Refusing to entertain a writ petition that seeks to remedy the concerns that have arisen because of “hate speeches” in the country, a Large Bench of the Supreme Court of India, however, referred to the Law Commission the issues pertaining to “hate speeches” delivered by politicians/religious leaders.
The Court specifically asked the Law Commission to examine as to what would constitute the term “hate speech” since there was no explicit definition of this term in any statute.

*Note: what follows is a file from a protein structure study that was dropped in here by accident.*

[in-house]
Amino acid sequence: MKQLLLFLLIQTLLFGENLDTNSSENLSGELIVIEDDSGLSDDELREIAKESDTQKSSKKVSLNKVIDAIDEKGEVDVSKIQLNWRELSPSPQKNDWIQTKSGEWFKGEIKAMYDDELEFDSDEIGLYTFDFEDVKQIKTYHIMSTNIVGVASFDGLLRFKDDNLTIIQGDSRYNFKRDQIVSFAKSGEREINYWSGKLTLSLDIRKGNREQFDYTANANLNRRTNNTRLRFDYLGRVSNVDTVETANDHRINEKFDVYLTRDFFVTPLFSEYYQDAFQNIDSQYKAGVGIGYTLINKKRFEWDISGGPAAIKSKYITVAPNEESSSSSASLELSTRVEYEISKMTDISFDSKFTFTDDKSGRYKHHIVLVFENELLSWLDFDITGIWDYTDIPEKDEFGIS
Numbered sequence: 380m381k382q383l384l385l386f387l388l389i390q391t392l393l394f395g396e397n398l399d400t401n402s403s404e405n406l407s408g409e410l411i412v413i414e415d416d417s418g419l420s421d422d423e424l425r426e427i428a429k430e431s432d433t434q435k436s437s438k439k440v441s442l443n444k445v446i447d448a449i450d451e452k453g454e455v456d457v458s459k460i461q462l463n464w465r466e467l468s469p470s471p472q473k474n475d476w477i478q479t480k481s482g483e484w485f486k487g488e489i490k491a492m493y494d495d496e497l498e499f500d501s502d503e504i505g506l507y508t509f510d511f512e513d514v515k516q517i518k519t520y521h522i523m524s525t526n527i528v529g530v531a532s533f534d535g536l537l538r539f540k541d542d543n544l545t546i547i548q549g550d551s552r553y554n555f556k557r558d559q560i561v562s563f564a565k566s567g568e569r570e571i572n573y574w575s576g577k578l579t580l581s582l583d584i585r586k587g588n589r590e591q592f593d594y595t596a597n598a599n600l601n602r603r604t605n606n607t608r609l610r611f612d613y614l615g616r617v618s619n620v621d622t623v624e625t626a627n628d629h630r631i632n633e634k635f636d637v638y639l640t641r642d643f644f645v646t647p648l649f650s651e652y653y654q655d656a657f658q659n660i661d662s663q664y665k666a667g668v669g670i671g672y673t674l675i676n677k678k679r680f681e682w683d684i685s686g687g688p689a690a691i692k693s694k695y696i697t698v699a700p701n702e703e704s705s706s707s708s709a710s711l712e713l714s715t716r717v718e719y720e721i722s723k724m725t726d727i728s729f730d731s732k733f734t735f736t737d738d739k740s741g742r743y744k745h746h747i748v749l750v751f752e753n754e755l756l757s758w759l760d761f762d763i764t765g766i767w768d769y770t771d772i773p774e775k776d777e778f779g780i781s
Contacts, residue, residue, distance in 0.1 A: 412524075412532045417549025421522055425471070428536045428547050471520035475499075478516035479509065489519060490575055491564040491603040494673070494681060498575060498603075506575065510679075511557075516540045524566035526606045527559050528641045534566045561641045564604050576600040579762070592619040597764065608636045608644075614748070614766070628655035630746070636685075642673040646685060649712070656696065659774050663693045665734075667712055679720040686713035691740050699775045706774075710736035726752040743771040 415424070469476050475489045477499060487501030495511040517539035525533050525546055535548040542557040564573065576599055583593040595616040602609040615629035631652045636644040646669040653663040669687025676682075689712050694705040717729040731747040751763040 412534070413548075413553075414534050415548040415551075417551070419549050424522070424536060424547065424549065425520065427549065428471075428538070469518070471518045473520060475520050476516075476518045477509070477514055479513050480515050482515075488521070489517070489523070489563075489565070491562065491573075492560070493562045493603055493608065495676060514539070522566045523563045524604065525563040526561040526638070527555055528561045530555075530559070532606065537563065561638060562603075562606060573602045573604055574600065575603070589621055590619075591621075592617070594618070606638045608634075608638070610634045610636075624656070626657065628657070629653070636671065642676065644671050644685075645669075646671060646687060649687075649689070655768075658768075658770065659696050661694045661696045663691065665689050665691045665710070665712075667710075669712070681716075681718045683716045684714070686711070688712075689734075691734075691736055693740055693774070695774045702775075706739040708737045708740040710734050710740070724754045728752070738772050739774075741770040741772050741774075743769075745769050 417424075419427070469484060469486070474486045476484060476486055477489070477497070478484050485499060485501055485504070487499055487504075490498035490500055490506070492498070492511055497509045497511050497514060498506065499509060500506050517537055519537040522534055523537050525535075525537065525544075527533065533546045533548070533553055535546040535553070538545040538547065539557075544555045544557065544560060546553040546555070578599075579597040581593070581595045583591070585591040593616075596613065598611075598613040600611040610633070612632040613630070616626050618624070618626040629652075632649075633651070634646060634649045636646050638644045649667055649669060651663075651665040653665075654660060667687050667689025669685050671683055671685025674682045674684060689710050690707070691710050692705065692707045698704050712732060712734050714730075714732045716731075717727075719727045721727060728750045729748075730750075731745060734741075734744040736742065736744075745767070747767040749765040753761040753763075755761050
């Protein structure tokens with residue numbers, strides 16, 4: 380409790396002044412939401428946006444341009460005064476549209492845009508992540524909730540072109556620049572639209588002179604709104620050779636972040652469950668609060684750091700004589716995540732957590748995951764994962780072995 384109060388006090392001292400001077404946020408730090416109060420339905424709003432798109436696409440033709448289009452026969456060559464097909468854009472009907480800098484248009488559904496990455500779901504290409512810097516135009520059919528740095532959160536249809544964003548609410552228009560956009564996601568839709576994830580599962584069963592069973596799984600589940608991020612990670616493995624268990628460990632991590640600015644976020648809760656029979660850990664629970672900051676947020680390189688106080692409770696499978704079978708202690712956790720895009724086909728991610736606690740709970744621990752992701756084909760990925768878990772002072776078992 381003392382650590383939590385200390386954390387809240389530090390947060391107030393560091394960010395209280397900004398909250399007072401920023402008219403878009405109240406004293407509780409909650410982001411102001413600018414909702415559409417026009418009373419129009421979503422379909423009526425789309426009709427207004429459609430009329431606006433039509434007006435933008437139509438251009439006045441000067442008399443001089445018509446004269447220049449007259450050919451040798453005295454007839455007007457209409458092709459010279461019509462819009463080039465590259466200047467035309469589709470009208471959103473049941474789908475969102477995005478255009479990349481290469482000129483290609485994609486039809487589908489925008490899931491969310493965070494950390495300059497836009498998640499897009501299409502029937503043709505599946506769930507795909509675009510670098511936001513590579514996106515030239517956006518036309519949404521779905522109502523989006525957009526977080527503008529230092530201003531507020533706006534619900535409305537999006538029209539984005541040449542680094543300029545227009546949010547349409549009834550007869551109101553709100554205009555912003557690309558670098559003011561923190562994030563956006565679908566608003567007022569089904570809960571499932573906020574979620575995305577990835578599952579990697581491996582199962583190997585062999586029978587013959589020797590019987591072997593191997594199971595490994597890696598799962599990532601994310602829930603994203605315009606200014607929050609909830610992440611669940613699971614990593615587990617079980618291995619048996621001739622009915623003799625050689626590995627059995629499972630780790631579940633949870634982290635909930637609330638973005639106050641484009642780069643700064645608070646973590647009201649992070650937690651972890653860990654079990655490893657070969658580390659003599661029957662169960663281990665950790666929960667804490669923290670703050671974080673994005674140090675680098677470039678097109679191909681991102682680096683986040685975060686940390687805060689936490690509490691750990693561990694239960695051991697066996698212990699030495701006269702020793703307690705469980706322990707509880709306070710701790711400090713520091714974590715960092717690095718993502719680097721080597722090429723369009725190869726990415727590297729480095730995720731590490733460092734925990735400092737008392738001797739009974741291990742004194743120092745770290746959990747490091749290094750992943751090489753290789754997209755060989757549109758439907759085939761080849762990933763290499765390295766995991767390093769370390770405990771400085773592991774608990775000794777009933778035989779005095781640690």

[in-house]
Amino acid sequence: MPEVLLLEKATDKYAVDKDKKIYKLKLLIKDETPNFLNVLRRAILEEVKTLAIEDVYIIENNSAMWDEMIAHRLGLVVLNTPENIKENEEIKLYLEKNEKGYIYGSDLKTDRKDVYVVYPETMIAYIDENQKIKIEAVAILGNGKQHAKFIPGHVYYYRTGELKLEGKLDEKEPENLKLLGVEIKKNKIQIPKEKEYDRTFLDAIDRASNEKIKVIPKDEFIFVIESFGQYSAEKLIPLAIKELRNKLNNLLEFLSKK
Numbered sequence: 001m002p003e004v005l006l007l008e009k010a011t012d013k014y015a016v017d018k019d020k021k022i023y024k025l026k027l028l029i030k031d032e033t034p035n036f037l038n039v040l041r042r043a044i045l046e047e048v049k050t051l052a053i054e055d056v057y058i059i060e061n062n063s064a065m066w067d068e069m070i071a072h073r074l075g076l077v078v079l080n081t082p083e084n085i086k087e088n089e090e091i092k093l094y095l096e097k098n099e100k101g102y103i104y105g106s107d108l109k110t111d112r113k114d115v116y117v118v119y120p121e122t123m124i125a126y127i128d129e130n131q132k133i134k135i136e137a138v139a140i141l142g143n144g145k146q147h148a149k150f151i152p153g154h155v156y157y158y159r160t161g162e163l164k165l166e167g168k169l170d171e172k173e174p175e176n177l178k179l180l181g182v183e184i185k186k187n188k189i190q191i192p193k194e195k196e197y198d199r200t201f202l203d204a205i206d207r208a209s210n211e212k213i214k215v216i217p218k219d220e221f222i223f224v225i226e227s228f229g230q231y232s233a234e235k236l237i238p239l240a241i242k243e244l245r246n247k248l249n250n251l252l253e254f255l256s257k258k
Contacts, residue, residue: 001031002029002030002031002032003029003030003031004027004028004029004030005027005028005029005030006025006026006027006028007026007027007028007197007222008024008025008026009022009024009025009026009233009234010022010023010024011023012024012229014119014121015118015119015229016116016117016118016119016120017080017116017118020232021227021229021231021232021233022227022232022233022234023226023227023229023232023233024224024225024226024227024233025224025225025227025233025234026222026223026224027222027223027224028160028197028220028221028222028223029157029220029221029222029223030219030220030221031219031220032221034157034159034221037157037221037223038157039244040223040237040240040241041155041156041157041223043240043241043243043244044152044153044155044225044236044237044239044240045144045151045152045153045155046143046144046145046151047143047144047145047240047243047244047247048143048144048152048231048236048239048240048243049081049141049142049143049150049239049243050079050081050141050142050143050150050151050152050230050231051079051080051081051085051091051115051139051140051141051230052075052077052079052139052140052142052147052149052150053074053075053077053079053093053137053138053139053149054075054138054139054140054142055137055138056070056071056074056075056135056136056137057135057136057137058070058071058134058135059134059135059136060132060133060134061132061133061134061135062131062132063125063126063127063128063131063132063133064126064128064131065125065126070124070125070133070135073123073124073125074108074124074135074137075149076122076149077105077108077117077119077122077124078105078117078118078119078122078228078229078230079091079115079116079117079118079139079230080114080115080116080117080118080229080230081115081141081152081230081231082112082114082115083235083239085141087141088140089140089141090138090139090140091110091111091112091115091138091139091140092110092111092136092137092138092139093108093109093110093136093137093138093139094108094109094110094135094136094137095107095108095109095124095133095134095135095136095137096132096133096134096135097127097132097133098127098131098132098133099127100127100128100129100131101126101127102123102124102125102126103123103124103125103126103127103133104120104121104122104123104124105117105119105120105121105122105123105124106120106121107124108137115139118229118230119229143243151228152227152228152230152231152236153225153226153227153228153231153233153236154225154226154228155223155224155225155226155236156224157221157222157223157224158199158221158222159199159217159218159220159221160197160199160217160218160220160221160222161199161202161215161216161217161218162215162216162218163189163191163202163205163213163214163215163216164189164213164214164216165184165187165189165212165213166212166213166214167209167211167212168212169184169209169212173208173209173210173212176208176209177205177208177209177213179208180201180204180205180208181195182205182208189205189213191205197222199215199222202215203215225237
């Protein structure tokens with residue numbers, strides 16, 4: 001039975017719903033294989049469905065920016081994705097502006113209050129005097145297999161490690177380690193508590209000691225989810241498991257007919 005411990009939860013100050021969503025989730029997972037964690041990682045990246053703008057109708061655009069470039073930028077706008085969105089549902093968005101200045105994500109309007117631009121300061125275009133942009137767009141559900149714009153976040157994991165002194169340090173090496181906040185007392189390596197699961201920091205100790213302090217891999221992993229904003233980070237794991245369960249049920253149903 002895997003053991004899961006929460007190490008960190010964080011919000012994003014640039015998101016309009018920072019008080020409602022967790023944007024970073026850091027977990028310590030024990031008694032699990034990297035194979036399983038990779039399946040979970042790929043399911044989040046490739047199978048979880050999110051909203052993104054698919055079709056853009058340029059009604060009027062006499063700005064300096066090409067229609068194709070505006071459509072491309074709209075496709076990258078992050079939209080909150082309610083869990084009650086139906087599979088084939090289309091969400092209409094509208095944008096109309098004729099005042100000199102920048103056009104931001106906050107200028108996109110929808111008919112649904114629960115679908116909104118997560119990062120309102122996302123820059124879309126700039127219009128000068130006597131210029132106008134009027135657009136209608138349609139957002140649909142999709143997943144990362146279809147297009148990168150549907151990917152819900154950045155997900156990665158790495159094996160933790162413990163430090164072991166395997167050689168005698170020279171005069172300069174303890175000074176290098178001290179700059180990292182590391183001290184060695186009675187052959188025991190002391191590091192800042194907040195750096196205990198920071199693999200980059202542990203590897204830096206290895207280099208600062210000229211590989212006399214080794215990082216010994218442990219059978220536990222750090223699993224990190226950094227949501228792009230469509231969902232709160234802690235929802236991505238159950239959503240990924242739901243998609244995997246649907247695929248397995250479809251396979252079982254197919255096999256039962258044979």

The Court said they can’t entertain a petition calling for issuing certain directions which are incapable of enforcement/execution and added, “the statutory provisions and particularly the penal law provide sufficient remedy to curb the menace of “hate speeches”. Thus, person aggrieved must resort to the remedy provided under a particular statute. The root of the problem is not the absence of laws but rather a lack of their effective execution. Therefore, the executive as well as civil society has to perform its role in enforcing the already existing legal regime. Effective regulation of “hate speeches” at all levels is required as the authors of such speeches can be booked under the existing penal law and all the law enforcing agencies must ensure that the existing law is not rendered a dead letter.”